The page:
What a whirlwind tour this last little bit of time has been for us. We were up to Edmonton for a friend’s wedding that I also ended up doing some pictures for. Then on the way back we had to stop at one of Saskatchewan’s craziest spots: The Crooked Bush. We had heard about it in a tourism book and we decided that it was worth the stop. So we detoured at North Battleford on our return journey and navigated to this crazy little plot of trees. It’s literally just that. A strange little aspen wood plot in the middle of nowhere. The bluff of trees right beside it are straight and normal. But these trees are totally gnarly and wild looking! Such a cool place to stop and check out. Nobody knows for sure why this little grove of trees are so crooked. Some have speculated a genetic defect in the trees, other say a UFO crashed there. Others still say that a lawyer is buried there. Ha! :D
Now because we had been shooting the wedding, I had all my big lighting gear with me. So we took a few shots of the kids. It was very dramatic light that day so we played with it a bit and turned out some pretty cool keepsake images in a really cool place! If you are ever up there near Hafford, SK, be sure to check out the crooked bush!
Well, my time with the Nikon 1 V3 is over. I was a blast of a camera and a great opportunity. Thanks again to Nikon Canada for contacting me and letting me take it for a spin! My only regret was that our weather here while I had the camera was oh so uncooperative. -50 billion ºC is never fun, especially when you want to get out and shoot a camera. :cool: Check out the full video review here:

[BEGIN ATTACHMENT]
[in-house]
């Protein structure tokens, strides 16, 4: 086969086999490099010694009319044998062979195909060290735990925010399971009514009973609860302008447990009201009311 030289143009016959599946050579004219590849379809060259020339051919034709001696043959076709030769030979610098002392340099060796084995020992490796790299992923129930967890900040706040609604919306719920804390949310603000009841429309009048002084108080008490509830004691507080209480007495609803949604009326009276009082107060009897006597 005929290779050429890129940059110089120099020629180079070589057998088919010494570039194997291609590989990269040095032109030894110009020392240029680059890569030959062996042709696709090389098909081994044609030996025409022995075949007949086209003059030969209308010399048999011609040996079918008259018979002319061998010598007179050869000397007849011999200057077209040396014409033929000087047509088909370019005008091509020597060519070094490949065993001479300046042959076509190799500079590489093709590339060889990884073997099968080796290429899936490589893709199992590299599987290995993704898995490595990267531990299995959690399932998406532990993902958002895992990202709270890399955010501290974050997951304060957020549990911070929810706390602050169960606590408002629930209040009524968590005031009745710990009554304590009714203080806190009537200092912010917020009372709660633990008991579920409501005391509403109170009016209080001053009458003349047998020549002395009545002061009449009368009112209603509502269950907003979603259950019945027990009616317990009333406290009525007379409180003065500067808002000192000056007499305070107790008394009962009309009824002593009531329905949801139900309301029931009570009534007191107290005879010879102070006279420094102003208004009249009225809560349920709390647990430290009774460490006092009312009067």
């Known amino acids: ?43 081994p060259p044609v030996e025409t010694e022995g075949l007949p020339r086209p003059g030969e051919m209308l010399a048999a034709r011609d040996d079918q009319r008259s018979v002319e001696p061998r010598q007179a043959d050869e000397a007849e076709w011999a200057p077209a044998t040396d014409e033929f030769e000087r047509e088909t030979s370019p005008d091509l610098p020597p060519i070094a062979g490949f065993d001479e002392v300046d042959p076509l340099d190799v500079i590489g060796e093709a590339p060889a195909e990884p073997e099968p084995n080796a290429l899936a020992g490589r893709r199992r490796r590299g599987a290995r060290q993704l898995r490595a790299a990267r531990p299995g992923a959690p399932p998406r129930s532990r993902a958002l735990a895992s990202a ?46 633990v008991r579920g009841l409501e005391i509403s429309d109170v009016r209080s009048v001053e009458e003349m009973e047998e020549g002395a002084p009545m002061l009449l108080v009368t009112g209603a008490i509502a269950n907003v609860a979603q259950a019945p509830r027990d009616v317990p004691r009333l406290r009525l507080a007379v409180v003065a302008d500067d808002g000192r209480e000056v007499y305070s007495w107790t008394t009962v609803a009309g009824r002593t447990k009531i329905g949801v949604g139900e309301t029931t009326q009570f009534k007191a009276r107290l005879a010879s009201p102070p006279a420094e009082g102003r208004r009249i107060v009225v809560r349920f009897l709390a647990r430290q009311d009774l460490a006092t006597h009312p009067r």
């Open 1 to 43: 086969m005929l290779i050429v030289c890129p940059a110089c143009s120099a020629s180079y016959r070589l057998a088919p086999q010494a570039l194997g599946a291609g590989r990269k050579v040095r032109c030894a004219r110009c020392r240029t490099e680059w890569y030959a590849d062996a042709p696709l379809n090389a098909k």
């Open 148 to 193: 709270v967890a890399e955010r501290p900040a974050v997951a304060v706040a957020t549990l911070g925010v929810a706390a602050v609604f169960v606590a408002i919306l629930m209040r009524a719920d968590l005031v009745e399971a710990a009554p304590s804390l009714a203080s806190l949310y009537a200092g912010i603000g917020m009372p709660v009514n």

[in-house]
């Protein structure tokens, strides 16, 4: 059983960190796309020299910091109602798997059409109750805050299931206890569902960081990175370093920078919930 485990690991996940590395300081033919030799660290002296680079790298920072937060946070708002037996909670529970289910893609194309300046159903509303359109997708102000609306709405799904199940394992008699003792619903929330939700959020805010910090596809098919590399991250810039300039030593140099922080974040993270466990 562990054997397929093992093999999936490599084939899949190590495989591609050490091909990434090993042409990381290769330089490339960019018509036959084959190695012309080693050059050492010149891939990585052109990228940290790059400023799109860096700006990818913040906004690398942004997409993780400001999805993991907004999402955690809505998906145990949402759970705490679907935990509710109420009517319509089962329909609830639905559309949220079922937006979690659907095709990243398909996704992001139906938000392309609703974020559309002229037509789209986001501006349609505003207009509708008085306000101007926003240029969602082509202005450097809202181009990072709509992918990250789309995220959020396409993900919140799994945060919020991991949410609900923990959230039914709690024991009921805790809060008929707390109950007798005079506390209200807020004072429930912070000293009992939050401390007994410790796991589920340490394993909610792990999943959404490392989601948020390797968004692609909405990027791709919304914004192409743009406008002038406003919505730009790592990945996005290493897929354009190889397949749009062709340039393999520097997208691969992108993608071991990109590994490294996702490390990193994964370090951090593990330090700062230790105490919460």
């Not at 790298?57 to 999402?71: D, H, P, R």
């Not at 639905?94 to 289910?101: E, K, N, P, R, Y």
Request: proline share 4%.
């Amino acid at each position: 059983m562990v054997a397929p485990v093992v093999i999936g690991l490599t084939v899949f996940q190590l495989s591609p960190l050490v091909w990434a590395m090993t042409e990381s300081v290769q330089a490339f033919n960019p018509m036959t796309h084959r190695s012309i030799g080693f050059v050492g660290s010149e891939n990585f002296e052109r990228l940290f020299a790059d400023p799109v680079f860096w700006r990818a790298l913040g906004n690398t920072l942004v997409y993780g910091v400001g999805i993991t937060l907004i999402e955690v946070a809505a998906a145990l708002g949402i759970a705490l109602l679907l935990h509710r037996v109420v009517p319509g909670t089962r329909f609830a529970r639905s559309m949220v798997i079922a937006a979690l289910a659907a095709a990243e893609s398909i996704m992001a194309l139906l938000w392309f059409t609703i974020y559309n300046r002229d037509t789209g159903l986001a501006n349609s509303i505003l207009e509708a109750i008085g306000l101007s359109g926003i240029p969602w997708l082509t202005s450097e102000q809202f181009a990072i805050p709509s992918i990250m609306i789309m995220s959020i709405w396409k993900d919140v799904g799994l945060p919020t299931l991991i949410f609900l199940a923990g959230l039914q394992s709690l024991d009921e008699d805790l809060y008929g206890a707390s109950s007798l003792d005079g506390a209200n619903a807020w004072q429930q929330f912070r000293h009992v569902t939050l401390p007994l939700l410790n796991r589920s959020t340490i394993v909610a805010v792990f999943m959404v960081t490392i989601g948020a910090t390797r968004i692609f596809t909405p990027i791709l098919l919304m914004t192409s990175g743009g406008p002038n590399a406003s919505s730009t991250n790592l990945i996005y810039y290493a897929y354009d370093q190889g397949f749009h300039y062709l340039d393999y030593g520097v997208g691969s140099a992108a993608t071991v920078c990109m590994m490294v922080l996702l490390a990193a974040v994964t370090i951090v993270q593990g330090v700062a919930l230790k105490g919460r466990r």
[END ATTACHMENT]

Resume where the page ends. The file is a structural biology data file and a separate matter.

I put it through it’s paces in three main ways. I came at the camera as a Manual Mode DSLR shooter. Could the V3 keep up to the advanced shooter? Yep. Yep it can. It’s got enough external controls to keep me happy. I wanted to know additionally how the FT-1 Adapter would work for wildlife and for macro. It’s very capable! The incredible field of view you get from the CX sensor and full frame lenses is fantastic. Also for macro. The 105mm Micro Nikkor I used with the V3 made an excellent combo. And, I wanted to know how the image quality stacked up, especially in low light with high ISO. Shazam! It’s incredible. Nikon really hit a home run with the V3. The extra perks of built in WiFi and the articulating screen make it so much more enjoyable than it’s predecessors. Too many people write off the Nikon 1 series because of the small sensor. That’s a shame! It’s an incredibly capable camera and system with loads of uses and appeal to consumers to prosumers! :D
We shot a winter wedding last weekend. Fortunately the freezing rain that was forecast didn’t show up. Instead we had some snowy and blustery cold conditions to contend with. I’ll do a later post with some images from that wedding because it as a lot of fun and the bride chose an amazing venue to do some of the wedding party photos.